The British Columbia Human Rights Tribunal ruled in favour of a non-binary individual, Jessie Nelson, who identifies as “gender fluid” and transgender after Nelson was fired for asking the manager to use they/them pronouns at the Gibsons, B.C. restaurant Bueno Osteria, run by Michael Buono and Ryan Kingsberry.
According to the tribunal, refusing to use someone's preferred pronouns violates their human rights.
Brian Gobelle, the bar manager, “persistently referred to Jessie Nelson with she/her pronouns,” and used gendered nicknames like “sweetheart,” “honey,” and “pinky,” according to the ruling by Devyn Cousineau, a member of the British Columbia Human Rights Tribunal. CBC reports that the nickname “pinky” was a reference to Nelson’s pink hair.
Nelson reportedly demanded Gobelle use they/them pronouns, and the request became “heated.” Four days later, Nelson was fired by Ryan Kingsberry, who runs the restaurant.
Kingsberry said that Nelson came on “too strong, too fast,” and was “too militant,” according to Pink News.
As a result of the 42-page ruling, Nelson was awarded $30,000. The ruling describes a work environment where only some colleagues respected Nelson’s preferred pronouns, while others expressed unhappiness over Nelson’s militant attitude.
During the verbal altercation between Nelson and Gobelle, Nelson touched Gobelle’s shoulder and called Nelson “sweetheart” in return. Cousineau determined that this did not amount to a physical assault.
One of Nelson’s coworkers, Stacy Coplin, overheard a conversation of Nelson’s termination, which was detailed to the tribunal.
"Eventually [Kingsberry] told Jessie Nelson that they had just come off 'too strong too fast' and were too 'militant' — a word that reminded Jessie Nelson of what Mr. Gobelle had said about them," Cousineau wrote.
"They challenged Mr. Kingsberry that they were being fired because of their pronouns. Ms. Coplin recalls Mr. Kingsberry telling Jessie Nelson that 'part of the problem is making sure you vibe with the team,' and that they had made people uncomfortable.”
Nelson alleged that the termination and the employer’s response was tantamount to discrimination in employment based on Nelson’s gender identity and expression.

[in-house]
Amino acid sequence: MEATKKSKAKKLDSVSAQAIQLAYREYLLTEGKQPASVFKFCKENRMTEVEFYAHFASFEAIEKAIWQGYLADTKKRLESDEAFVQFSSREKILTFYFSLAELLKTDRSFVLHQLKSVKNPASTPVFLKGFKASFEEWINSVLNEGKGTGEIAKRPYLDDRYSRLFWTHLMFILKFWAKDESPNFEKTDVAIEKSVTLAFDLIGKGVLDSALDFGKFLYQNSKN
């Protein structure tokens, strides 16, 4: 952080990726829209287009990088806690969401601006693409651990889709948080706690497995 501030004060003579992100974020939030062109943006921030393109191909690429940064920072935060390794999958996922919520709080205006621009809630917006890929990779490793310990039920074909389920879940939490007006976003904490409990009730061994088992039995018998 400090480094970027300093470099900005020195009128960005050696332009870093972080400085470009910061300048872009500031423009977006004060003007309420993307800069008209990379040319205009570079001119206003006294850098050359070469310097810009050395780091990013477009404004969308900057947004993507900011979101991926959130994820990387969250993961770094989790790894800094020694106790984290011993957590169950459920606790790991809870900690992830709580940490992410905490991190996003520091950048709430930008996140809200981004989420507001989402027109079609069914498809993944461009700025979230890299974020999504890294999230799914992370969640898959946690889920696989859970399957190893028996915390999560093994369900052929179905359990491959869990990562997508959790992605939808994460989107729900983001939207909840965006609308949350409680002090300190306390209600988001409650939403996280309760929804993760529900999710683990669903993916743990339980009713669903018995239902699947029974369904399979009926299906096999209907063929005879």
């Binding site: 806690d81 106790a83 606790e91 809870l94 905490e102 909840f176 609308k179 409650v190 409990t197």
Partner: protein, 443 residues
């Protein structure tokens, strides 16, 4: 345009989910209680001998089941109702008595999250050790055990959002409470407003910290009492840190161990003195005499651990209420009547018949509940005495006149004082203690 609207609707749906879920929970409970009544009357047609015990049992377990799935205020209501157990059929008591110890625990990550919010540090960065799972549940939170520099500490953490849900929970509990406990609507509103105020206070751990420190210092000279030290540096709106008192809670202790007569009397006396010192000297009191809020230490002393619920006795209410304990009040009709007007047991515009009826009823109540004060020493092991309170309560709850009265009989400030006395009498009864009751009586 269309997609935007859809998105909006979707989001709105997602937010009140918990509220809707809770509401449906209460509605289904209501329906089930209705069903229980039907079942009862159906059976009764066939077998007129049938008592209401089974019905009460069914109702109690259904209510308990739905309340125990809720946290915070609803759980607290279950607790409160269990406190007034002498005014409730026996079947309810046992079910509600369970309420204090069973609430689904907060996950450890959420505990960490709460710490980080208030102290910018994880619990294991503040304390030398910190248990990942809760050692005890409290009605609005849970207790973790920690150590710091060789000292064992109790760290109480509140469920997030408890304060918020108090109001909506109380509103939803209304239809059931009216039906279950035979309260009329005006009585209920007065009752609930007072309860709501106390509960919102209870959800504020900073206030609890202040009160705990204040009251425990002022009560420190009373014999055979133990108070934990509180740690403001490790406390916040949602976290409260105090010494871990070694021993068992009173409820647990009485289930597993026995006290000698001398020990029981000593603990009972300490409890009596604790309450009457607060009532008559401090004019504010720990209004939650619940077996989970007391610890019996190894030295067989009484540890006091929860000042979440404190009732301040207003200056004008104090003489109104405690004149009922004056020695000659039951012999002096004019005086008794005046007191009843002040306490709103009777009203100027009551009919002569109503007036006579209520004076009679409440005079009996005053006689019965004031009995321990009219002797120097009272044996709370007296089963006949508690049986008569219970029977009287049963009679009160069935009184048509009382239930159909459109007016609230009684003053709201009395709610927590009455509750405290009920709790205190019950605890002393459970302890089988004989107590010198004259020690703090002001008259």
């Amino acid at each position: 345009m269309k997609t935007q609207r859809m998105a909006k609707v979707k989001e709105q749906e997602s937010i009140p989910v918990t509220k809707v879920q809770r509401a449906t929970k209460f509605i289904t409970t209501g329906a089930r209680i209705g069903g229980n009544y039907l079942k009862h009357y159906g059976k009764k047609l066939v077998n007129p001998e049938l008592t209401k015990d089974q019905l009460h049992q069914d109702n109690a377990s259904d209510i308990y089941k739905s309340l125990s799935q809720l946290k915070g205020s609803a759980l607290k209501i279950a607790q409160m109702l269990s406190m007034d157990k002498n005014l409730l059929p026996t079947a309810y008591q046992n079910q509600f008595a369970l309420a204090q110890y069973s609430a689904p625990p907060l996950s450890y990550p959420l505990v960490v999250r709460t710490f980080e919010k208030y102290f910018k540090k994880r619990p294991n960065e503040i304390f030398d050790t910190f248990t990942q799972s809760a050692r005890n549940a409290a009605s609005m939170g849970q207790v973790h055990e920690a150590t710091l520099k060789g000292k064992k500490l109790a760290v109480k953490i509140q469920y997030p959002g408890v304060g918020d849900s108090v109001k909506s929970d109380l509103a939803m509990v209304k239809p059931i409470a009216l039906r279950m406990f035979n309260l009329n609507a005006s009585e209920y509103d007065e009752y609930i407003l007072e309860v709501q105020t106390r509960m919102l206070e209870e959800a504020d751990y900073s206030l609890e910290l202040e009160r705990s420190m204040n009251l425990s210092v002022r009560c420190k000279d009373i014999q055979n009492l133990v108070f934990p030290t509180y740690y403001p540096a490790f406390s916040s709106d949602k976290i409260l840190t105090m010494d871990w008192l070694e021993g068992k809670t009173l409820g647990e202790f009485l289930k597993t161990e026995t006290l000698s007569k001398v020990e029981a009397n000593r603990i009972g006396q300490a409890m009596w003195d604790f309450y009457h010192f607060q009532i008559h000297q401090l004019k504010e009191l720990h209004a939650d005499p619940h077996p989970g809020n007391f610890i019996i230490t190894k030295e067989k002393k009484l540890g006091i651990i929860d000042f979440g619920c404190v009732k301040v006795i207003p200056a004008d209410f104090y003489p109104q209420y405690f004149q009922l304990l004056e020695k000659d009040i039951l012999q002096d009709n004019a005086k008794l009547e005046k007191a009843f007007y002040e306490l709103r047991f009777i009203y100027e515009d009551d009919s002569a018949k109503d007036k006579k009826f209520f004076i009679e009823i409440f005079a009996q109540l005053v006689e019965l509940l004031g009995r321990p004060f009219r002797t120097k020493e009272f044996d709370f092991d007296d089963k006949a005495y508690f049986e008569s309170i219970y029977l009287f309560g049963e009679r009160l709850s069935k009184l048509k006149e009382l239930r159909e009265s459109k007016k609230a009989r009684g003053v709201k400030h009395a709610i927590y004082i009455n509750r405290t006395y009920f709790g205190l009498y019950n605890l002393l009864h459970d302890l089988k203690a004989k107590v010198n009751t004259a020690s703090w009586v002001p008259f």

“Like a name, pronouns are a fundamental part of a person's identity. They are a primary way that people identify each other,” wrote Cousineau. "Using correct pronouns communicates that we see and respect a person for who they are. Especially for trans, non‐binary, or other non‐cisgender people, using the correct pronouns validates and affirms they are a person equally deserving of respect and dignity."
Nelson said the discrimination was “a piece of trauma, a long line of trauma, for a trans person living a trans experience.” Nelson added that the experience left them “sad and scared.”
Nelson said that the restaurant job was one of the “first jobs I had where I felt confident enough to disclose who I was. This was the first time I was like ‘you know what, I’m going to be fully myself.’”
“I was scared and sad for myself, but more than that I was really worried about future people… I am here today in bringing this forward because it is important for me, as a trans person, to have my existence respected,” Nelson added. “I’m a human being, with a beating heart and a desire to be seen and valued and heard in the world. And I’m also here for every other current and future trans or queer person working in a service or customer‐facing setting so that hopefully this doesn’t happen anymore.”